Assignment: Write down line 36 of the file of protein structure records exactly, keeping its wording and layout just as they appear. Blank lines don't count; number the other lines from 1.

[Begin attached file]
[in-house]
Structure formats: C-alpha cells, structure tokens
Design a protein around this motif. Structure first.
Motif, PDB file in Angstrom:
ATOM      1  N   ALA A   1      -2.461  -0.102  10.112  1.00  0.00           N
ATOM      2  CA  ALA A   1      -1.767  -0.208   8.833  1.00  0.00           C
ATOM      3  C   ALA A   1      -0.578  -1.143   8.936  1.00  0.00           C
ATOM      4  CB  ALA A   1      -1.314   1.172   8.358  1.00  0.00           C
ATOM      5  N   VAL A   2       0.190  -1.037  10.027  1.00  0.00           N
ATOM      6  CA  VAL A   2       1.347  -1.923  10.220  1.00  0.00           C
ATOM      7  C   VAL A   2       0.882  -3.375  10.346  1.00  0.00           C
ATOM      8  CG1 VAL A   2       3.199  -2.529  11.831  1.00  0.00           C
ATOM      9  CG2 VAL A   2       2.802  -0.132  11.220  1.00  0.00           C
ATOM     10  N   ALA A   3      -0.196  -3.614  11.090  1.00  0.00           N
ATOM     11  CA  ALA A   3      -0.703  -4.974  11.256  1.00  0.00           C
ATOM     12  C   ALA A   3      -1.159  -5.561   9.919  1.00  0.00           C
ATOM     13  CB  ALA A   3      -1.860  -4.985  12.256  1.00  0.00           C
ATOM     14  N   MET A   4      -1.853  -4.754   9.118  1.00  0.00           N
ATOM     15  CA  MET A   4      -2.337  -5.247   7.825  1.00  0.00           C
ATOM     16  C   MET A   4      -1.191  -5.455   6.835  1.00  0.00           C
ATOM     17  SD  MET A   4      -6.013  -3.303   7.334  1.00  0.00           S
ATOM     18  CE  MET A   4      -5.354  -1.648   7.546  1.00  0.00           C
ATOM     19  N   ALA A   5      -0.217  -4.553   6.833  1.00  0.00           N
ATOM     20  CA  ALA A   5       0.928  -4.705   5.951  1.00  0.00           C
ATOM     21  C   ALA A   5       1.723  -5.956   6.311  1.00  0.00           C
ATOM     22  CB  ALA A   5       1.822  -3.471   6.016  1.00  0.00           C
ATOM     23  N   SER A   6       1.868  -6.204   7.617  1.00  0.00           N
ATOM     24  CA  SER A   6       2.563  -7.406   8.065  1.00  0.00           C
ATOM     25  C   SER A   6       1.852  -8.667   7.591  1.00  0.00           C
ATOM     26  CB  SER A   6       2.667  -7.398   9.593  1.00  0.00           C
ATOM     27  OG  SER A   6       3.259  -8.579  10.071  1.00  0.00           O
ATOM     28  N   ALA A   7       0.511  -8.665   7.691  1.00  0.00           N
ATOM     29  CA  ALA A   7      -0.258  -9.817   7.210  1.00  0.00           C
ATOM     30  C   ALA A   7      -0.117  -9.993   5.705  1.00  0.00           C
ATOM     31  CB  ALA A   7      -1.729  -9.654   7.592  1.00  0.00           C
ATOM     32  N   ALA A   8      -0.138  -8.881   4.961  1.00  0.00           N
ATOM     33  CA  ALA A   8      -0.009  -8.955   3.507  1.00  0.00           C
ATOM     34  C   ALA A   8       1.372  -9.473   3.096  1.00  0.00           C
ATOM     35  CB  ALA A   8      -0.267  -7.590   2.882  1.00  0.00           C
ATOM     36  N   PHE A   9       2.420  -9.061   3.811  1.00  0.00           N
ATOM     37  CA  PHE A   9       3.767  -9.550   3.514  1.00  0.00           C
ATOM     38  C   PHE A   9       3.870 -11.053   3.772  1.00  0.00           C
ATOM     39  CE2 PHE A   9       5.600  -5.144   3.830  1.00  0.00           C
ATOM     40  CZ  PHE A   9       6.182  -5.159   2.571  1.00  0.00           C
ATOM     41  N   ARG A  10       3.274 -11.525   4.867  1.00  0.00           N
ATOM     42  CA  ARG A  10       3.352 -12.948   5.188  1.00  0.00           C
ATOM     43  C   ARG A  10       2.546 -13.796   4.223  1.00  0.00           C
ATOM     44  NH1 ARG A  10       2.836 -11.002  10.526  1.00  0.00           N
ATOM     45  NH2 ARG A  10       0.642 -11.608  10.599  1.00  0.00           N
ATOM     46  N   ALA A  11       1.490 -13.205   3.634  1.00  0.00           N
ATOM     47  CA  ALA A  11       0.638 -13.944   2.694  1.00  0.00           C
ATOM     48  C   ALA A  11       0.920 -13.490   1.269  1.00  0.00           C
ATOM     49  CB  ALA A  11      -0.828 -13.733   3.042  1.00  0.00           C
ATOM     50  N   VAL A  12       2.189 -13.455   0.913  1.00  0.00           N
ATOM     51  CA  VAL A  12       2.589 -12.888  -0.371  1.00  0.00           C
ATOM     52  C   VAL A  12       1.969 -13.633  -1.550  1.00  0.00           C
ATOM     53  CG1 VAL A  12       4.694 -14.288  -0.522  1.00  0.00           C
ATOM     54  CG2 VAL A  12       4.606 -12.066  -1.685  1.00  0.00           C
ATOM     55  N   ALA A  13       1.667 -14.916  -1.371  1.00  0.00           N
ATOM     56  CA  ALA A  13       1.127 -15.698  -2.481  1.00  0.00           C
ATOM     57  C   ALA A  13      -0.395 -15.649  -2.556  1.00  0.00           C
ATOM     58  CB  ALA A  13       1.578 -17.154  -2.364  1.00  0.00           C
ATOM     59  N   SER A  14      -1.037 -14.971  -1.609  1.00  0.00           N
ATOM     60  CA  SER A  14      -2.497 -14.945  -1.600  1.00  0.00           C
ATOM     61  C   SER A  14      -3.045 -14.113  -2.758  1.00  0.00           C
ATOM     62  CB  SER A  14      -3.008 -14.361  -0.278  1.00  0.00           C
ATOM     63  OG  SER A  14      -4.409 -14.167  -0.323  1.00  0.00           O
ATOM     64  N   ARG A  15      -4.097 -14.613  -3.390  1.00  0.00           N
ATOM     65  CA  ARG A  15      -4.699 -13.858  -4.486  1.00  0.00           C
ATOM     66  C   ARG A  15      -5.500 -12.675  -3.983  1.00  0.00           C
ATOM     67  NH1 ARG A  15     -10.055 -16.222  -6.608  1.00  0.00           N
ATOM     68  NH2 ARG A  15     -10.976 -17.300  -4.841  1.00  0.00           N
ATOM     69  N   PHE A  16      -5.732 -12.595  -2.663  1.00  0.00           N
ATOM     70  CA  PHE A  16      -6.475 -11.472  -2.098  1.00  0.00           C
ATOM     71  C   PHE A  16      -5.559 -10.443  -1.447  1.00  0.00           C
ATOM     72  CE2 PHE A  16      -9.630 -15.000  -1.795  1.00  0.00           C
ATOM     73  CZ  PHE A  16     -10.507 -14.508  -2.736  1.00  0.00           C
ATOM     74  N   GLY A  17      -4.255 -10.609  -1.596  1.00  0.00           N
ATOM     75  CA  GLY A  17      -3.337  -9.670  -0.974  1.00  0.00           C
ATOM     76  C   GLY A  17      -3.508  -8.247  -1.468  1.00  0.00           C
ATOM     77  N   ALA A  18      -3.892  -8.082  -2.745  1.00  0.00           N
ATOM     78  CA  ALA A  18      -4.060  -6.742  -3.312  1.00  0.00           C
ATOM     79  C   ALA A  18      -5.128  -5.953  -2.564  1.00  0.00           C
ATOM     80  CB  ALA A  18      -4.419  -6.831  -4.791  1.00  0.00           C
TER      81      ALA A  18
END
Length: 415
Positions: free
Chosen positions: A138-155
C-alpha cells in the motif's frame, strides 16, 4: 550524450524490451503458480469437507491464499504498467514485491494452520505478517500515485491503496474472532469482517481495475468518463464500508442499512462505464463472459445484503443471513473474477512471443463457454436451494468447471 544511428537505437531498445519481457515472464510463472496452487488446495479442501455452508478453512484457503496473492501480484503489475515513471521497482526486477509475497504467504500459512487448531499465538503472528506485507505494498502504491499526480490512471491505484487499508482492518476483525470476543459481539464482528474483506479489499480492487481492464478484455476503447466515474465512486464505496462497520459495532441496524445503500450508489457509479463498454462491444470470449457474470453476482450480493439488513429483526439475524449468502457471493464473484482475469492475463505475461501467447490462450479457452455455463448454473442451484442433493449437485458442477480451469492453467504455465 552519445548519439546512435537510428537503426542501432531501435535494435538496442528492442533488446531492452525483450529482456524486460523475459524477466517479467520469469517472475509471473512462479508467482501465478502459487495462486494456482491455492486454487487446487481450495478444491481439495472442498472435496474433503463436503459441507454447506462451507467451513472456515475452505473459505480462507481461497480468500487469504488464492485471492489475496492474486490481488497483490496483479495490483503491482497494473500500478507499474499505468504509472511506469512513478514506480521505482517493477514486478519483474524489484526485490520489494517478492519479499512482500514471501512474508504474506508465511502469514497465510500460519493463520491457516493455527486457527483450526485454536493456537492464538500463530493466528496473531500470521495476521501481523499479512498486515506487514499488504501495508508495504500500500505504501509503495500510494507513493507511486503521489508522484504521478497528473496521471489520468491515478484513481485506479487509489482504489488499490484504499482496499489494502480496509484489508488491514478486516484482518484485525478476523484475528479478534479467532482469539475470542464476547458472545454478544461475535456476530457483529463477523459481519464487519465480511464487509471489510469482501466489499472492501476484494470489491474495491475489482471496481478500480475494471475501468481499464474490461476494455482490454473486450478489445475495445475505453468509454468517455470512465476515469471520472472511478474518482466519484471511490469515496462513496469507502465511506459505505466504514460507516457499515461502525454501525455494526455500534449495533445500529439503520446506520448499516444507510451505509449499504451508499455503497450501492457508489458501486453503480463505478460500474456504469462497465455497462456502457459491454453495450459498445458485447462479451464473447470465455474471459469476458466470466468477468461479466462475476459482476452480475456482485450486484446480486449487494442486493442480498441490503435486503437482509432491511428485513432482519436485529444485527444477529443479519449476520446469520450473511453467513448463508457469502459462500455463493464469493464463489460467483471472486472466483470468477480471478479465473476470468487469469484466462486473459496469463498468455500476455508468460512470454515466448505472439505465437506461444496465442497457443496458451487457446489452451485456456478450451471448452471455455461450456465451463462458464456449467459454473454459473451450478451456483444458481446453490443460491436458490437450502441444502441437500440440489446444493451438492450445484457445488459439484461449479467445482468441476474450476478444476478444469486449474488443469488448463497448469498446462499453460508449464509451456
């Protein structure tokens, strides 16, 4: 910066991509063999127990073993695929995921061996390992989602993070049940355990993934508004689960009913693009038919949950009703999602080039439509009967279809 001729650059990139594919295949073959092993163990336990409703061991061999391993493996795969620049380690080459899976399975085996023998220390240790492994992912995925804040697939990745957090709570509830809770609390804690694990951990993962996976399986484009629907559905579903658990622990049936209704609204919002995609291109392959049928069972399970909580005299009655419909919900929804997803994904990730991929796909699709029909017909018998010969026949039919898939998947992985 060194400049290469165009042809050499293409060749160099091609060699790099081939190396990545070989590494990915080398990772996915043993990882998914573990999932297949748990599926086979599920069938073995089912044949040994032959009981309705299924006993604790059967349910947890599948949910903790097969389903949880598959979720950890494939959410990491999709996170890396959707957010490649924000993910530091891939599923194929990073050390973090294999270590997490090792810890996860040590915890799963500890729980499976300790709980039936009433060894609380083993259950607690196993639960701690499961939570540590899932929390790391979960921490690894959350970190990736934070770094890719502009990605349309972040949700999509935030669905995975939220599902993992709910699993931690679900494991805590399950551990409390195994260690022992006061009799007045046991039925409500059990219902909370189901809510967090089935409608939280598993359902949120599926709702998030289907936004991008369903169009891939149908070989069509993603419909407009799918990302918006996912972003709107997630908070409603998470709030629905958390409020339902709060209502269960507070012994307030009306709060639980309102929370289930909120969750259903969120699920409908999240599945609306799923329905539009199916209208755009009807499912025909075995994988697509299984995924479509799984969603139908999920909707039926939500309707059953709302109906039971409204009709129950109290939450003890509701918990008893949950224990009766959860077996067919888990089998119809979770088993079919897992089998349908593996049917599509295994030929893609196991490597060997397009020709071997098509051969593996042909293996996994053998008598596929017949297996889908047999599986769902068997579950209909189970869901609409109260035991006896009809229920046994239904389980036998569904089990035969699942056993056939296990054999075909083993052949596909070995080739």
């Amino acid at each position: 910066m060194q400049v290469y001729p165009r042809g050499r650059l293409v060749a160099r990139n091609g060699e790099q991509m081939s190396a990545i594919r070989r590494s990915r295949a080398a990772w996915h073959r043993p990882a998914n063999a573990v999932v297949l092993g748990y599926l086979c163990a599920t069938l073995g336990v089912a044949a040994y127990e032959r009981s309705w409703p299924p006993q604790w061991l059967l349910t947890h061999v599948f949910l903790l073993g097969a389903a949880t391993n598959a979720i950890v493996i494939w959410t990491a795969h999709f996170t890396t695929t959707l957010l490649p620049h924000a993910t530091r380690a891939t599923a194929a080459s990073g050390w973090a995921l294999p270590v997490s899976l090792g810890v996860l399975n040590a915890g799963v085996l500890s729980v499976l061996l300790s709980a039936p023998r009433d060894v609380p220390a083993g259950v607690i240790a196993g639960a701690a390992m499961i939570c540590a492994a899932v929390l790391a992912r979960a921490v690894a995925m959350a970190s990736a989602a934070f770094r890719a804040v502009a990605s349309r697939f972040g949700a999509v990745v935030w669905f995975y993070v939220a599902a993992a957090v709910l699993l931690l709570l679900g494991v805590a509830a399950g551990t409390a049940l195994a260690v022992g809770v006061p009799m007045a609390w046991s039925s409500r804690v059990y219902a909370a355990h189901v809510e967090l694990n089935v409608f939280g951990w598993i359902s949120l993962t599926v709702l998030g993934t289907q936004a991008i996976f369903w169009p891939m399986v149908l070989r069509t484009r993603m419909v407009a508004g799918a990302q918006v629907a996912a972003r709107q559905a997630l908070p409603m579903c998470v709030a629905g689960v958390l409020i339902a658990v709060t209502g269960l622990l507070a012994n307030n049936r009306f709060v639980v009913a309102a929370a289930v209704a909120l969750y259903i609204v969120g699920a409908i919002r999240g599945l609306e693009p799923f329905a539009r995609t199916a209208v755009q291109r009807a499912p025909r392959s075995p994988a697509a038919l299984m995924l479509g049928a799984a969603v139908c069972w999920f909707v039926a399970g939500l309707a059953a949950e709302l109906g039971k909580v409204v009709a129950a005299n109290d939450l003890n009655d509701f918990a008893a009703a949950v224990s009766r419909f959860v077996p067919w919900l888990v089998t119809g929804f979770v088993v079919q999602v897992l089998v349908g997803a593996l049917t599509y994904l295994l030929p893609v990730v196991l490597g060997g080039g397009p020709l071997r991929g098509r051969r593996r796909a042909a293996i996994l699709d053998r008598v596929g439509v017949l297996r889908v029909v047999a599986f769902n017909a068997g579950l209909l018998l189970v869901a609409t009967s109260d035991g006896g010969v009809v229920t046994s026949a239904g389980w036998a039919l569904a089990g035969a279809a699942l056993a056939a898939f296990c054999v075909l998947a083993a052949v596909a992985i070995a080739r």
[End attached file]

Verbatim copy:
ATOM     32  N   ALA A   8      -0.138  -8.881   4.961  1.00  0.00           N